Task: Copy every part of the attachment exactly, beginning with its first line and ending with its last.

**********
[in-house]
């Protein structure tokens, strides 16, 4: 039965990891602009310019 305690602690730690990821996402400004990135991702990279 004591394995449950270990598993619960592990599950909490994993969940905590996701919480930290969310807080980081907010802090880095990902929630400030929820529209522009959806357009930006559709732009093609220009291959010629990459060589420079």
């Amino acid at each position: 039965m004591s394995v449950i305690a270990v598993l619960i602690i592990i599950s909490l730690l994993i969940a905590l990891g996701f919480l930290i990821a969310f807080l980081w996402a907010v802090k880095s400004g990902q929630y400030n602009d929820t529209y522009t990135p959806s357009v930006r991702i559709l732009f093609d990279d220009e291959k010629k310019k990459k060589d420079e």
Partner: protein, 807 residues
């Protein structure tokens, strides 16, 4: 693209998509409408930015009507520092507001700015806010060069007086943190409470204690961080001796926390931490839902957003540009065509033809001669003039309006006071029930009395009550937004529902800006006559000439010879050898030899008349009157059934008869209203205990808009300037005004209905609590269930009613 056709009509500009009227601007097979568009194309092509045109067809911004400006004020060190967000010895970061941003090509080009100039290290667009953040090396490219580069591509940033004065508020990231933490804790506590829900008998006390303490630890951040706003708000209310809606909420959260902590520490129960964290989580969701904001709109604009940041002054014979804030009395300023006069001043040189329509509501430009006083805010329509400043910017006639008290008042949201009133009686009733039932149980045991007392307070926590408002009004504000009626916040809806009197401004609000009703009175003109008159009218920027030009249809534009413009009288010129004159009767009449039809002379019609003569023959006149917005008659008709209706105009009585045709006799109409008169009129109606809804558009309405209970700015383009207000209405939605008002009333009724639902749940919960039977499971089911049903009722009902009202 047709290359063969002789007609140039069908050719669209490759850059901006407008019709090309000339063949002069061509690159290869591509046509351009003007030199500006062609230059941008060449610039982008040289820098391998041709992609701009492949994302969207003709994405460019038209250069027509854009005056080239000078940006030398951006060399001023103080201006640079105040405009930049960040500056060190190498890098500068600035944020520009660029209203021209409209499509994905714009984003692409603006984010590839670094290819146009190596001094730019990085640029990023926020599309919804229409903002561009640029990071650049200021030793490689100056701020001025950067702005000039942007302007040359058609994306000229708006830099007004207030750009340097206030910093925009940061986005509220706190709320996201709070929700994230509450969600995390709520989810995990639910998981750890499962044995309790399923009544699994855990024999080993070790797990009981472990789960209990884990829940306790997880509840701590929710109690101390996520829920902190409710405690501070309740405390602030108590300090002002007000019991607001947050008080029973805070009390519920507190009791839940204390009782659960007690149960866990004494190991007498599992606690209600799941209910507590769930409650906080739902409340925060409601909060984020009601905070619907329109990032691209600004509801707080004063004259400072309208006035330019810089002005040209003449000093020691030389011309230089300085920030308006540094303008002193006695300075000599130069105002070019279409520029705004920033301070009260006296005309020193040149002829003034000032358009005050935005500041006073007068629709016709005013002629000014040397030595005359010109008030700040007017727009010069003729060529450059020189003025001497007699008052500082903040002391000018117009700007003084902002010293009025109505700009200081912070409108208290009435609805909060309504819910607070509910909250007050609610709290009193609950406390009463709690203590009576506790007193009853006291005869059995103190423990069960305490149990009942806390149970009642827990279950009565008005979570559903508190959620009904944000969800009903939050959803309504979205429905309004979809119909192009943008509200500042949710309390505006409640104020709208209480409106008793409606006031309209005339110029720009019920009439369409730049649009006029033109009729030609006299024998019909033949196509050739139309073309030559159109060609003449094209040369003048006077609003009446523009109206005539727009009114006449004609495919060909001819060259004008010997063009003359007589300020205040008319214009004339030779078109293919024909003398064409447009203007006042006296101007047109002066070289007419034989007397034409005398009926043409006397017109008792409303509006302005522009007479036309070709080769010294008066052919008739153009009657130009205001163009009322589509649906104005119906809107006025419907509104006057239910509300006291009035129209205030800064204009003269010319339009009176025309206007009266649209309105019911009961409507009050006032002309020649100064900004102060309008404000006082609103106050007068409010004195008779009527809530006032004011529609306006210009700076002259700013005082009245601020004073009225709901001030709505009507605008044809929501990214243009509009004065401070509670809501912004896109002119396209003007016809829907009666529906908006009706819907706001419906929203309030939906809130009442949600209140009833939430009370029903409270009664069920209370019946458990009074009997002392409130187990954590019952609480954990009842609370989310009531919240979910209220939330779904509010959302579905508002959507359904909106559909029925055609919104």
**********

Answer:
[in-house]
């Protein structure tokens, strides 16, 4: 039965990891602009310019 305690602690730690990821996402400004990135991702990279 004591394995449950270990598993619960592990599950909490994993969940905590996701919480930290969310807080980081907010802090880095990902929630400030929820529209522009959806357009930006559709732009093609220009291959010629990459060589420079």
């Amino acid at each position: 039965m004591s394995v449950i305690a270990v598993l619960i602690i592990i599950s909490l730690l994993i969940a905590l990891g996701f919480l930290i990821a969310f807080l980081w996402a907010v802090k880095s400004g990902q929630y400030n602009d929820t529209y522009t990135p959806s357009v930006r991702i559709l732009f093609d990279d220009e291959k010629k310019k990459k060589d420079e």
Partner: protein, 807 residues
């Protein structure tokens, strides 16, 4: 693209998509409408930015009507520092507001700015806010060069007086943190409470204690961080001796926390931490839902957003540009065509033809001669003039309006006071029930009395009550937004529902800006006559000439010879050898030899008349009157059934008869209203205990808009300037005004209905609590269930009613 056709009509500009009227601007097979568009194309092509045109067809911004400006004020060190967000010895970061941003090509080009100039290290667009953040090396490219580069591509940033004065508020990231933490804790506590829900008998006390303490630890951040706003708000209310809606909420959260902590520490129960964290989580969701904001709109604009940041002054014979804030009395300023006069001043040189329509509501430009006083805010329509400043910017006639008290008042949201009133009686009733039932149980045991007392307070926590408002009004504000009626916040809806009197401004609000009703009175003109008159009218920027030009249809534009413009009288010129004159009767009449039809002379019609003569023959006149917005008659008709209706105009009585045709006799109409008169009129109606809804558009309405209970700015383009207000209405939605008002009333009724639902749940919960039977499971089911049903009722009902009202 047709290359063969002789007609140039069908050719669209490759850059901006407008019709090309000339063949002069061509690159290869591509046509351009003007030199500006062609230059941008060449610039982008040289820098391998041709992609701009492949994302969207003709994405460019038209250069027509854009005056080239000078940006030398951006060399001023103080201006640079105040405009930049960040500056060190190498890098500068600035944020520009660029209203021209409209499509994905714009984003692409603006984010590839670094290819146009190596001094730019990085640029990023926020599309919804229409903002561009640029990071650049200021030793490689100056701020001025950067702005000039942007302007040359058609994306000229708006830099007004207030750009340097206030910093925009940061986005509220706190709320996201709070929700994230509450969600995390709520989810995990639910998981750890499962044995309790399923009544699994855990024999080993070790797990009981472990789960209990884990829940306790997880509840701590929710109690101390996520829920902190409710405690501070309740405390602030108590300090002002007000019991607001947050008080029973805070009390519920507190009791839940204390009782659960007690149960866990004494190991007498599992606690209600799941209910507590769930409650906080739902409340925060409601909060984020009601905070619907329109990032691209600004509801707080004063004259400072309208006035330019810089002005040209003449000093020691030389011309230089300085920030308006540094303008002193006695300075000599130069105002070019279409520029705004920033301070009260006296005309020193040149002829003034000032358009005050935005500041006073007068629709016709005013002629000014040397030595005359010109008030700040007017727009010069003729060529450059020189003025001497007699008052500082903040002391000018117009700007003084902002010293009025109505700009200081912070409108208290009435609805909060309504819910607070509910909250007050609610709290009193609950406390009463709690203590009576506790007193009853006291005869059995103190423990069960305490149990009942806390149970009642827990279950009565008005979570559903508190959620009904944000969800009903939050959803309504979205429905309004979809119909192009943008509200500042949710309390505006409640104020709208209480409106008793409606006031309209005339110029720009019920009439369409730049649009006029033109009729030609006299024998019909033949196509050739139309073309030559159109060609003449094209040369003048006077609003009446523009109206005539727009009114006449004609495919060909001819060259004008010997063009003359007589300020205040008319214009004339030779078109293919024909003398064409447009203007006042006296101007047109002066070289007419034989007397034409005398009926043409006397017109008792409303509006302005522009007479036309070709080769010294008066052919008739153009009657130009205001163009009322589509649906104005119906809107006025419907509104006057239910509300006291009035129209205030800064204009003269010319339009009176025309206007009266649209309105019911009961409507009050006032002309020649100064900004102060309008404000006082609103106050007068409010004195008779009527809530006032004011529609306006210009700076002259700013005082009245601020004073009225709901001030709505009507605008044809929501990214243009509009004065401070509670809501912004896109002119396209003007016809829907009666529906908006009706819907706001419906929203309030939906809130009442949600209140009833939430009370029903409270009664069920209370019946458990009074009997002392409130187990954590019952609480954990009842609370989310009531919240979910209220939330779904509010959302579905508002959507359904909106559909029925055609919104």